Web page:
PCCS district voters will see a $275 million bond request
Nov. 29, 2019 PLYMOUTH EAGLE.
Plymouth Michigan News
Voters in the Plymouth-Canton Community Schools district will see a request for a $275 million bond issue on March 10 after the district’s board of education recently approved placing it on next years Democratic primary ballot.
Members of the board of education are discussing a needs list for building safety upgrades, a total renovation of the Salem High School performing arts center, new gymnasiums at district elementary schools and a new swimming pool at Plymouth High School. The bond would not increase the current school district millage rate of 4.02 mills, according to Superintendent of Schools Monica Merritt.
Plans include a new Plymouth Community Educational Park athletic stadium to be located near the corner of Joy and Canton Center roads, near the football practice fields. The weight rooms at both Canton and Salem high schools would also be renovated and more space would be provided for the marching band at Plymouth High School. Plans also include security upgrades at Eriksson, Field, Hulsing and Miller elementary schools and at East, West and Pioneer middle schools.
The performing arts center at Salem High Schools would be remodeled and dressing rooms added along with additional room for scenery construction and storage and a new auditorium installed at Plymouth High Schools while a gymnasium added to Starkweather Academy. The plans also include two multipurpose practice fields for athletics and activities and synthetic turf added to the infields at the baseball and softball fields.
Funding would also be used for playground equipment, classroom furniture and additional gymnasiums, music and art rooms.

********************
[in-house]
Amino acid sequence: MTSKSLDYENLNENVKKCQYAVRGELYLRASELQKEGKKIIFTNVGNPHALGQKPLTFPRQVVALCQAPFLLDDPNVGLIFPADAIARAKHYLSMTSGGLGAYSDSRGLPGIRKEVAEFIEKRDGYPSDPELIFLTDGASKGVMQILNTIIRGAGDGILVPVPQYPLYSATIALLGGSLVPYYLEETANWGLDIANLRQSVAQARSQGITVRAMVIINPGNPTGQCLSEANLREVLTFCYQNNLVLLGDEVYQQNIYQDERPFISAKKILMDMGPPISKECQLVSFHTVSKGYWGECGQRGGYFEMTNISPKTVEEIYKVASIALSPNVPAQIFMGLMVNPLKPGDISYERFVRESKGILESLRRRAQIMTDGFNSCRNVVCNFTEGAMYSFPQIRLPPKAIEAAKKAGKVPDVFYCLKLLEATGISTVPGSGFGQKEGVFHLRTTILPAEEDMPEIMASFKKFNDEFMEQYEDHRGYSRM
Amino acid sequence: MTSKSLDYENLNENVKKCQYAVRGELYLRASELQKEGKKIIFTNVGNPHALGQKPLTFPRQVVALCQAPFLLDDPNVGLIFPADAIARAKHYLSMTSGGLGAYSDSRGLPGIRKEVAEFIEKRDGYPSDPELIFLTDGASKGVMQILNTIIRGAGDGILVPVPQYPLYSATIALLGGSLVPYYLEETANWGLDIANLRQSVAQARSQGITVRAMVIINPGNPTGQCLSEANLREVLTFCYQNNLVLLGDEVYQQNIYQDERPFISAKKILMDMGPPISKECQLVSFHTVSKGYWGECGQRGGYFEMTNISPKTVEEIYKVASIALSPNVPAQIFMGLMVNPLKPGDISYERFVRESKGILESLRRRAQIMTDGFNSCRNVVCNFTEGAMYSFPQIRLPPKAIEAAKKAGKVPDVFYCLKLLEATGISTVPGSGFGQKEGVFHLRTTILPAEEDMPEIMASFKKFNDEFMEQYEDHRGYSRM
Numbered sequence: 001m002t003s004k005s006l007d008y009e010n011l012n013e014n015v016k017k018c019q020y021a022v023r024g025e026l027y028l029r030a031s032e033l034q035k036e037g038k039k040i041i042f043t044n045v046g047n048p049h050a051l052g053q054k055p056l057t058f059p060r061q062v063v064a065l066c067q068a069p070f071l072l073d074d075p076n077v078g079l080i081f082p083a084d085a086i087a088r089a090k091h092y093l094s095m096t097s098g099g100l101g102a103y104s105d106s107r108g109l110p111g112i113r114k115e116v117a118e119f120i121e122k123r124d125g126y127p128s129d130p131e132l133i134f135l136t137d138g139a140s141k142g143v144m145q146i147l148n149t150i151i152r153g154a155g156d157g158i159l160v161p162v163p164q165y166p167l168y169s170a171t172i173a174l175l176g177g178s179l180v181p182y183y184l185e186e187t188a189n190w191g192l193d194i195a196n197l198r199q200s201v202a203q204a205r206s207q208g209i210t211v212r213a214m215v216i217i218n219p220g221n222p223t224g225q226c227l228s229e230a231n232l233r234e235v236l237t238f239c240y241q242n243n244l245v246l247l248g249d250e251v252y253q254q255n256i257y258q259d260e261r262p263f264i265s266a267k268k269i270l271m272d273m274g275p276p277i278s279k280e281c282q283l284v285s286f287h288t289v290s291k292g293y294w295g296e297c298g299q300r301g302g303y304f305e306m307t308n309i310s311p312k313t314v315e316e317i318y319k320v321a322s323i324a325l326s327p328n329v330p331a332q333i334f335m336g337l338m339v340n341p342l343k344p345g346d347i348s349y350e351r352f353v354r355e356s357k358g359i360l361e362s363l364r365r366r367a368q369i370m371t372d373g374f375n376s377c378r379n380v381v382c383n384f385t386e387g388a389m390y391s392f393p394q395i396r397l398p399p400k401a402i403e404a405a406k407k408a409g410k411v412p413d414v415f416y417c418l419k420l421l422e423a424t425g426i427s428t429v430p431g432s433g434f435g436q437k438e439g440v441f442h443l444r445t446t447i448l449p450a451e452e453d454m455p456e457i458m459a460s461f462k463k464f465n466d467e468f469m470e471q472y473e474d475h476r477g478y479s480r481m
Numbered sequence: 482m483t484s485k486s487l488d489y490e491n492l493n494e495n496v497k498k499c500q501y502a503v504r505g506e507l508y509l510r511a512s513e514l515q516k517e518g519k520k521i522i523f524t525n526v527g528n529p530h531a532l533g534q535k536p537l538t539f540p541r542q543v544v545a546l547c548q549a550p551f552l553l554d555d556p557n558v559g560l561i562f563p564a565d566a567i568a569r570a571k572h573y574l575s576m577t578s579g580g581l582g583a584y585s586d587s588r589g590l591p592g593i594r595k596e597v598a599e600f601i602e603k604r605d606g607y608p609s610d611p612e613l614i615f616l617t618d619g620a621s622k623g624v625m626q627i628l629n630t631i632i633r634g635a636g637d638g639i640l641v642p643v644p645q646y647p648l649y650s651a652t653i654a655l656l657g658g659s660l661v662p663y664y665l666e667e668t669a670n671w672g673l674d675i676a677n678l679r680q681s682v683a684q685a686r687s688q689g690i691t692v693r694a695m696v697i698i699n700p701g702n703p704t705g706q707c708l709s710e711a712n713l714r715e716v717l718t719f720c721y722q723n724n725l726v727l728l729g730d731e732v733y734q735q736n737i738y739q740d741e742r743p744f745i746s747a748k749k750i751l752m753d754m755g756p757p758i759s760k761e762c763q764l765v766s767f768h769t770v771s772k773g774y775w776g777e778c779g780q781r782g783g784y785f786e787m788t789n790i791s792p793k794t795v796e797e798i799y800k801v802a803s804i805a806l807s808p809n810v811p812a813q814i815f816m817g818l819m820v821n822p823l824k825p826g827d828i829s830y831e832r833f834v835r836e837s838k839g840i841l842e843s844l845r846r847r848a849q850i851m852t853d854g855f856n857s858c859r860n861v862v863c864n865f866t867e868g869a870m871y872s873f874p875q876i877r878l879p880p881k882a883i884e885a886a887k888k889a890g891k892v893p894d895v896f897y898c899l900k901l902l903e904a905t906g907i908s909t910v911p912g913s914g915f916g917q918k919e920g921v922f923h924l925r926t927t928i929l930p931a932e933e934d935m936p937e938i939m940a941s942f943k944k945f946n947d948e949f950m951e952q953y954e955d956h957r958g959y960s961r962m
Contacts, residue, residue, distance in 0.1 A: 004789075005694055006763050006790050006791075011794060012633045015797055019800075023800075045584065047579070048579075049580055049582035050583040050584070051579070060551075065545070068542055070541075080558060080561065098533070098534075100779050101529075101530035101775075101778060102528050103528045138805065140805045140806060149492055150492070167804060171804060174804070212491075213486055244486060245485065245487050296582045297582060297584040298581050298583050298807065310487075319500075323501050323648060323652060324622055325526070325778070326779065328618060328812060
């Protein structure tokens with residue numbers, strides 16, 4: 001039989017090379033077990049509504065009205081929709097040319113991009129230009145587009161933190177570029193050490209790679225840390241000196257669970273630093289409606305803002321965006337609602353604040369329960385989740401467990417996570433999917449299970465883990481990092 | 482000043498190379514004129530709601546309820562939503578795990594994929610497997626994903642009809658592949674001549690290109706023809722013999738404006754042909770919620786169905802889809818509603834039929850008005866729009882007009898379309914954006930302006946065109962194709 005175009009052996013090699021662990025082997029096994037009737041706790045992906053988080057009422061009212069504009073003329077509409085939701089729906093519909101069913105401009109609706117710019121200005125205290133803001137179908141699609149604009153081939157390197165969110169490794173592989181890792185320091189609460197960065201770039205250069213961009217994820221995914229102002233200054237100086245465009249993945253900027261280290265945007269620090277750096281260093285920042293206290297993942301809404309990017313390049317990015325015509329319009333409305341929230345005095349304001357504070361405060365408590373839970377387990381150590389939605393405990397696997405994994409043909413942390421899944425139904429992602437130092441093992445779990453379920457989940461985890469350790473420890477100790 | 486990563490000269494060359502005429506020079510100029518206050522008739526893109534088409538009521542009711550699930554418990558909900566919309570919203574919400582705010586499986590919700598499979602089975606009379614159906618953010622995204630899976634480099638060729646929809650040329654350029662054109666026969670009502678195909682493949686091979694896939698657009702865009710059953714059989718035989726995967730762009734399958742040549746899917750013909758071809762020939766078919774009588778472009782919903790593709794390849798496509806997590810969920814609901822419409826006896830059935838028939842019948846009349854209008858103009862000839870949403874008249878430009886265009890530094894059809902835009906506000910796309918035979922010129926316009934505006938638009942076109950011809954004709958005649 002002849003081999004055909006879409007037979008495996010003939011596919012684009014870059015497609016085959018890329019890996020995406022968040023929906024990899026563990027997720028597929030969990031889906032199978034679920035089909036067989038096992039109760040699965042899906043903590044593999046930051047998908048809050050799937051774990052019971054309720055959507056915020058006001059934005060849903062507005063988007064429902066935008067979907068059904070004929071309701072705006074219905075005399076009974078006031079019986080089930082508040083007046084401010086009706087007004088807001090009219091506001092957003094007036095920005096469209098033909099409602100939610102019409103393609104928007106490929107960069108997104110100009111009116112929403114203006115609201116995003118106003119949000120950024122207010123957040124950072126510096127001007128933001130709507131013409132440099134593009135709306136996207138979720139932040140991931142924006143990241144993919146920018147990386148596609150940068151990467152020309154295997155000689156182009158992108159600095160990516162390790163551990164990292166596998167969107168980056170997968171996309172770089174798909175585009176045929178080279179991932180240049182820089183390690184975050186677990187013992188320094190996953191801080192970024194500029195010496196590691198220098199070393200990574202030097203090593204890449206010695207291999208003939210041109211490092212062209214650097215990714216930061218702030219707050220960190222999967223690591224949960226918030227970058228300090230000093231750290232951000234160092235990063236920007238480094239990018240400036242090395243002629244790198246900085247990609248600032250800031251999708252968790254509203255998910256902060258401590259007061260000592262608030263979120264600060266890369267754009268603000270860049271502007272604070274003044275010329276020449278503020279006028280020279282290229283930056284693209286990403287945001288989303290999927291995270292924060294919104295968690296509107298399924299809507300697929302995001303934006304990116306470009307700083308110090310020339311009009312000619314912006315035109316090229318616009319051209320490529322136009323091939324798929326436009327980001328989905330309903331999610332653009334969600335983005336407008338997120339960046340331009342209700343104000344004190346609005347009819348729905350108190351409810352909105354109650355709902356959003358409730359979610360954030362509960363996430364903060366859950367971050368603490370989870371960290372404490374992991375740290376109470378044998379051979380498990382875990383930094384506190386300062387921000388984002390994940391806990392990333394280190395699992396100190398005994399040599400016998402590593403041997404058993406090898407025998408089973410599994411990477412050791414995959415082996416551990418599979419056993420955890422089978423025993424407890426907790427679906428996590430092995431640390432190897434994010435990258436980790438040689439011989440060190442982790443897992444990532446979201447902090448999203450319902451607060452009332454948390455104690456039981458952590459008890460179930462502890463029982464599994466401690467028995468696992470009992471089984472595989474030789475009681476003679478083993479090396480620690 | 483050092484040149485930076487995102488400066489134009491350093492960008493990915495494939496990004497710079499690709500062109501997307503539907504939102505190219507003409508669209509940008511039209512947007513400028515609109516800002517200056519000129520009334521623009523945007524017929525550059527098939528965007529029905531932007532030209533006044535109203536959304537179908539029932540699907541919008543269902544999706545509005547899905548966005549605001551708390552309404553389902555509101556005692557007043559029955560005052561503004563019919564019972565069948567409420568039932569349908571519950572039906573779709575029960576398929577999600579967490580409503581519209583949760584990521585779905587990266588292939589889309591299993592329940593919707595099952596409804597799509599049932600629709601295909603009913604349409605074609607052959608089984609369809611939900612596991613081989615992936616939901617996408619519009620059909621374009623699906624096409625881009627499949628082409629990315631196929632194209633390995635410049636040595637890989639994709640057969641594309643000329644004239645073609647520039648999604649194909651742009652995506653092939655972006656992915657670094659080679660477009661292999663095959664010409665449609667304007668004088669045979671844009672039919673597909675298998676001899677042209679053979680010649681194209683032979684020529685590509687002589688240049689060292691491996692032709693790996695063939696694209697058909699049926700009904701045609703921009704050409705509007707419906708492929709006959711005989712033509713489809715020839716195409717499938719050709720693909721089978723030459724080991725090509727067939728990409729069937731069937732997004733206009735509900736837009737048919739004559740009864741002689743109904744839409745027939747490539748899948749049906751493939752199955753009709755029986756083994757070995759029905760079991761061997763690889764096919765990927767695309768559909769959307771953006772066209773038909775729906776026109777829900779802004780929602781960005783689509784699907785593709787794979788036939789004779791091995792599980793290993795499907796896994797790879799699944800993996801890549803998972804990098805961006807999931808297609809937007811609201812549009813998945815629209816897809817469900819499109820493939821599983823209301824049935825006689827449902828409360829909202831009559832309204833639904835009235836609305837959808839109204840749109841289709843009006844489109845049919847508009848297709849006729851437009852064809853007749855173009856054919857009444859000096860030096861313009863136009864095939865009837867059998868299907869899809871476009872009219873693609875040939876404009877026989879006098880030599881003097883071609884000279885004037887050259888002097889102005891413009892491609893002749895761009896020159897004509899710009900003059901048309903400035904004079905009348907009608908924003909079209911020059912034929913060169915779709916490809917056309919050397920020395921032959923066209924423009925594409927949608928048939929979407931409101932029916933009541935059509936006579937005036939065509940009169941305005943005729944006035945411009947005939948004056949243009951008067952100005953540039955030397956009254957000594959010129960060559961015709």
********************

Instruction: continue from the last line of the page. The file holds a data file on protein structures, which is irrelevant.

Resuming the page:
Merritt told the members of the board that the list of improvements was “what our students need and deserve.” She emphasized that the upgrades and renovations were not “wants” but “needs.” She explained that the plans were the result of community forums, and community workshops to determine what students need during the next decade. She explained that one of the priorities was to provide an equity of opportunities through-out the district, “regardless of the zip code or the level of the schools.” She also stressed the importance of the district remaining competitive with neighboring districts and non- public and charter schools.
Merritt reminded the board members that the district had not asked for a bond since 2013 and that the funding approved by voters in that election was handled well.
“The facts show that we have been very fiscally responsible and good stewards of our tax- payers’ money, which is evidence by our unqualified bond rating and the fact that we’re able to go out for bonds without high interest rates so we can invest in our schools,” she said.